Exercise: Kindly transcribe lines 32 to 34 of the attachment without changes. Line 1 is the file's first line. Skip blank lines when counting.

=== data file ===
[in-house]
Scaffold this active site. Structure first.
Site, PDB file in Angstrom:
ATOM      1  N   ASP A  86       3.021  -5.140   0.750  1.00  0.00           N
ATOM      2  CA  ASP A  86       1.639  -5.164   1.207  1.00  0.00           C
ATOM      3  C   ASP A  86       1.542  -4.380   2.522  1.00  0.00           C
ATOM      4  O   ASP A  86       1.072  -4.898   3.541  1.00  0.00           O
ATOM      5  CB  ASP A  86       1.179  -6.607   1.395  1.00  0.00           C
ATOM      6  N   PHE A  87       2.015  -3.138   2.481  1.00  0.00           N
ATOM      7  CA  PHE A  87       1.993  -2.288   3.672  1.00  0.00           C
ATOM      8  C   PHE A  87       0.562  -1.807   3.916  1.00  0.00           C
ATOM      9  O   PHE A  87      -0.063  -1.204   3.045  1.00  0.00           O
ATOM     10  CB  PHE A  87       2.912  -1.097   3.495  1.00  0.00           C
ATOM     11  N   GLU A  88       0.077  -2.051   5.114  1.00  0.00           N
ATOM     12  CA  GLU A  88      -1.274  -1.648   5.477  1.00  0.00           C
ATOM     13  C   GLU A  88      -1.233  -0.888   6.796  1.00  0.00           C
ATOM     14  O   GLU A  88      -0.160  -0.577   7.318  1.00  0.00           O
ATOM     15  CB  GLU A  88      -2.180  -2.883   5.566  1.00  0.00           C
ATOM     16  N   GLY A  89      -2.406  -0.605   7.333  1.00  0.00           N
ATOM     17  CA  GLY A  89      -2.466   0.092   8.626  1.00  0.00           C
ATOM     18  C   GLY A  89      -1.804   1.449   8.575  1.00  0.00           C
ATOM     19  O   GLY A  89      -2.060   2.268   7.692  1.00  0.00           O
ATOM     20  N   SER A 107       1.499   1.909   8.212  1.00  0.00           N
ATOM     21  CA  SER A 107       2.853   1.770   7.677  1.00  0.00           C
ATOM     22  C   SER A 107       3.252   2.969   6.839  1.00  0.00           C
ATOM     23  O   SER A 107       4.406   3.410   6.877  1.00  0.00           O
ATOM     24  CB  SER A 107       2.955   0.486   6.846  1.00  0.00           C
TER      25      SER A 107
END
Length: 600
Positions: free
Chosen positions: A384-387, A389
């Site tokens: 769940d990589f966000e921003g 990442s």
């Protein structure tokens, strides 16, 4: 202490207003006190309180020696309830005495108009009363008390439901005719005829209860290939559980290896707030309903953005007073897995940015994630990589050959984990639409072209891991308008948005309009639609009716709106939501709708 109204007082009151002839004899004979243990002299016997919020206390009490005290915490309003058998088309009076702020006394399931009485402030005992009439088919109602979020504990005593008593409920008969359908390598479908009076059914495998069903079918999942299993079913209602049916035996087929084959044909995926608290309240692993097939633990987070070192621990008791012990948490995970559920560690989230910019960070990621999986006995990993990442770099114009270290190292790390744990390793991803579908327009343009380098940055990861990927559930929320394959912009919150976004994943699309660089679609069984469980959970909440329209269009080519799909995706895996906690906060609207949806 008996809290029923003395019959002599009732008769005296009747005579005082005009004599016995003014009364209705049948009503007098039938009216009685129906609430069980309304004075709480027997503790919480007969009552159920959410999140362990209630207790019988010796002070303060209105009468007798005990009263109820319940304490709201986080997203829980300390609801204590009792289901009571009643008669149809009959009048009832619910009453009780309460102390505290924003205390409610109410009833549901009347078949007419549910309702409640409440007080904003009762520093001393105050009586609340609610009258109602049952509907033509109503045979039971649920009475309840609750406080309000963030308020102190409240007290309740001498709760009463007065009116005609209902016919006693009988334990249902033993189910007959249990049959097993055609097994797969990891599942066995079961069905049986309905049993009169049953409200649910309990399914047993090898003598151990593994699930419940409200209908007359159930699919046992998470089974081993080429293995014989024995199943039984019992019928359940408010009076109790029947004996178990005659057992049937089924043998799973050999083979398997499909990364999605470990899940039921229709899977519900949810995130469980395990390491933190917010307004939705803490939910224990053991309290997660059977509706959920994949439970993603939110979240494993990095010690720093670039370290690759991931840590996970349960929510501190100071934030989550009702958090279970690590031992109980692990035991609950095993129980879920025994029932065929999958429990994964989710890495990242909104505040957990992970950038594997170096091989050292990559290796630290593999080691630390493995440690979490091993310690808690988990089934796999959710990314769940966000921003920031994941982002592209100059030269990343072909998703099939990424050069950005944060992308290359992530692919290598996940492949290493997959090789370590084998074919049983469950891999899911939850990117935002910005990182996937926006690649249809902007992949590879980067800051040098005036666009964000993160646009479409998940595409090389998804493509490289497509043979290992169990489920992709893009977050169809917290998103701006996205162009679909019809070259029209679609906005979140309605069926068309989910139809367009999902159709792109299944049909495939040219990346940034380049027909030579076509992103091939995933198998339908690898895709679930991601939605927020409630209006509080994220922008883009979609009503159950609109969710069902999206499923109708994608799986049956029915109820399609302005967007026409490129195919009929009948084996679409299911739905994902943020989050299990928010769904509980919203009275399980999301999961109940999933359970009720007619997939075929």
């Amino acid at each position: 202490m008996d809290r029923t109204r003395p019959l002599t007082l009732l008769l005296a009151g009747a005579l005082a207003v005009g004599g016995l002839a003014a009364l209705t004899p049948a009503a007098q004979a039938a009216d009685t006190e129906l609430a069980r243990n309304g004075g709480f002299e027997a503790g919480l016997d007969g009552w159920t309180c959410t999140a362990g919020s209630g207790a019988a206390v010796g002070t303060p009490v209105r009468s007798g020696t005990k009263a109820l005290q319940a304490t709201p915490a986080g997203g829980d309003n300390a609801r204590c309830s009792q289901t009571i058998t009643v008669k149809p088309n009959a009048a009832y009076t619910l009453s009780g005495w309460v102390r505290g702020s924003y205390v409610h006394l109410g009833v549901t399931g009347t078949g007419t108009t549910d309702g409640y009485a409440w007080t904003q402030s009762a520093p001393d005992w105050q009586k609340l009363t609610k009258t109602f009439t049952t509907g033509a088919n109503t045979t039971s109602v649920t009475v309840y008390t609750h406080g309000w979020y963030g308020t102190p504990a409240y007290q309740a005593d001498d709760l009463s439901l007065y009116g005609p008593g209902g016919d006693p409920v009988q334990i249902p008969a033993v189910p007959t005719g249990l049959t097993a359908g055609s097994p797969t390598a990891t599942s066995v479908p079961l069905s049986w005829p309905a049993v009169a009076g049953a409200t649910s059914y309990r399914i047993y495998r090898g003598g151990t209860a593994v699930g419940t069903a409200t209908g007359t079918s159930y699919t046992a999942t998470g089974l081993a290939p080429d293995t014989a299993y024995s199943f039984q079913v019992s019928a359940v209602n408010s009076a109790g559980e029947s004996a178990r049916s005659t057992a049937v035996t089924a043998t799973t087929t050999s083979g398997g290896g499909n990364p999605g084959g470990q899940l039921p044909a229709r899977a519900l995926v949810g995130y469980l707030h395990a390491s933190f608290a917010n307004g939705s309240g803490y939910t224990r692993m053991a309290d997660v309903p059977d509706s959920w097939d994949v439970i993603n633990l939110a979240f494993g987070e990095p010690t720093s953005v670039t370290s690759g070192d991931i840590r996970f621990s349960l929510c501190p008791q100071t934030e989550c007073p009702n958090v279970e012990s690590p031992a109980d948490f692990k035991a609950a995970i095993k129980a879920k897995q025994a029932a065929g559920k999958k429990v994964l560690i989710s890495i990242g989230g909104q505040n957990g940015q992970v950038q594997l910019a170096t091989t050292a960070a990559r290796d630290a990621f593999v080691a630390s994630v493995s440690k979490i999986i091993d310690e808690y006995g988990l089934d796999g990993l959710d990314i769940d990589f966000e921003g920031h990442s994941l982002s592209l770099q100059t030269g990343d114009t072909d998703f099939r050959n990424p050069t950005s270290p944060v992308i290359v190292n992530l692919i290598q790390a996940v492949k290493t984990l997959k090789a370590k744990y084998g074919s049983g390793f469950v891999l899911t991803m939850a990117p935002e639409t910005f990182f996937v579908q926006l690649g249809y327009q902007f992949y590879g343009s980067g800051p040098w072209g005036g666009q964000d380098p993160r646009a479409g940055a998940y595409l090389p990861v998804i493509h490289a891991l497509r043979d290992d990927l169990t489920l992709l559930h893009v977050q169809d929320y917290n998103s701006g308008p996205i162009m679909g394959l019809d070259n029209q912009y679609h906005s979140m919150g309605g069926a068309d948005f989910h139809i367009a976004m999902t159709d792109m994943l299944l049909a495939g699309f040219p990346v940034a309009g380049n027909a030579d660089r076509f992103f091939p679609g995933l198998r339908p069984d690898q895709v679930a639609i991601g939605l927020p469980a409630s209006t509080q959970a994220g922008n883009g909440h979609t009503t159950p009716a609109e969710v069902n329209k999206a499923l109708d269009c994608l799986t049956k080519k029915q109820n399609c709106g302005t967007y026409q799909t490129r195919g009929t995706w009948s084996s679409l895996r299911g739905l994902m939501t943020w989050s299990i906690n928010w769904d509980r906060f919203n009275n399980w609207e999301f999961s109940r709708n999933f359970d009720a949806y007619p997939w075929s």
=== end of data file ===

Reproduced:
Chosen positions: A384-387, A389
């Site tokens: 769940d990589f966000e921003g 990442s």
């Protein structure tokens, strides 16, 4: 202490207003006190309180020696309830005495108009009363008390439901005719005829209860290939559980290896707030309903953005007073897995940015994630990589050959984990639409072209891991308008948005309009639609009716709106939501709708 109204007082009151002839004899004979243990002299016997919020206390009490005290915490309003058998088309009076702020006394399931009485402030005992009439088919109602979020504990005593008593409920008969359908390598479908009076059914495998069903079918999942299993079913209602049916035996087929084959044909995926608290309240692993097939633990987070070192621990008791012990948490995970559920560690989230910019960070990621999986006995990993990442770099114009270290190292790390744990390793991803579908327009343009380098940055990861990927559930929320394959912009919150976004994943699309660089679609069984469980959970909440329209269009080519799909995706895996906690906060609207949806 008996809290029923003395019959002599009732008769005296009747005579005082005009004599016995003014009364209705049948009503007098039938009216009685129906609430069980309304004075709480027997503790919480007969009552159920959410999140362990209630207790019988010796002070303060209105009468007798005990009263109820319940304490709201986080997203829980300390609801204590009792289901009571009643008669149809009959009048009832619910009453009780309460102390505290924003205390409610109410009833549901009347078949007419549910309702409640409440007080904003009762520093001393105050009586609340609610009258109602049952509907033509109503045979039971649920009475309840609750406080309000963030308020102190409240007290309740001498709760009463007065009116005609209902016919006693009988334990249902033993189910007959249990049959097993055609097994797969990891599942066995079961069905049986309905049993009169049953409200649910309990399914047993090898003598151990593994699930419940409200209908007359159930699919046992998470089974081993080429293995014989024995199943039984019992019928359940408010009076109790029947004996178990005659057992049937089924043998799973050999083979398997499909990364999605470990899940039921229709899977519900949810995130469980395990390491933190917010307004939705803490939910224990053991309290997660059977509706959920994949439970993603939110979240494993990095010690720093670039370290690759991931840590996970349960929510501190100071934030989550009702958090279970690590031992109980692990035991609950095993129980879920025994029932065929999958429990994964989710890495990242909104505040957990992970950038594997170096091989050292990559290796630290593999080691630390493995440690979490091993310690808690988990089934796999959710990314769940966000921003920031994941982002592209100059030269990343072909998703099939990424050069950005944060992308290359992530692919290598996940492949290493997959090789370590084998074919049983469950891999899911939850990117935002910005990182996937926006690649249809902007992949590879980067800051040098005036666009964000993160646009479409998940595409090389998804493509490289497509043979290992169990489920992709893009977050169809917290998103701006996205162009679909019809070259029209679609906005979140309605069926068309989910139809367009999902159709792109299944049909495939040219990346940034380049027909030579076509992103091939995933198998339908690898895709679930991601939605927020409630209006509080994220922008883009979609009503159950609109969710069902999206499923109708994608799986049956029915109820399609302005967007026409490129195919009929009948084996679409299911739905994902943020989050299990928010769904509980919203009275399980999301999961109940999933359970009720007619997939075929």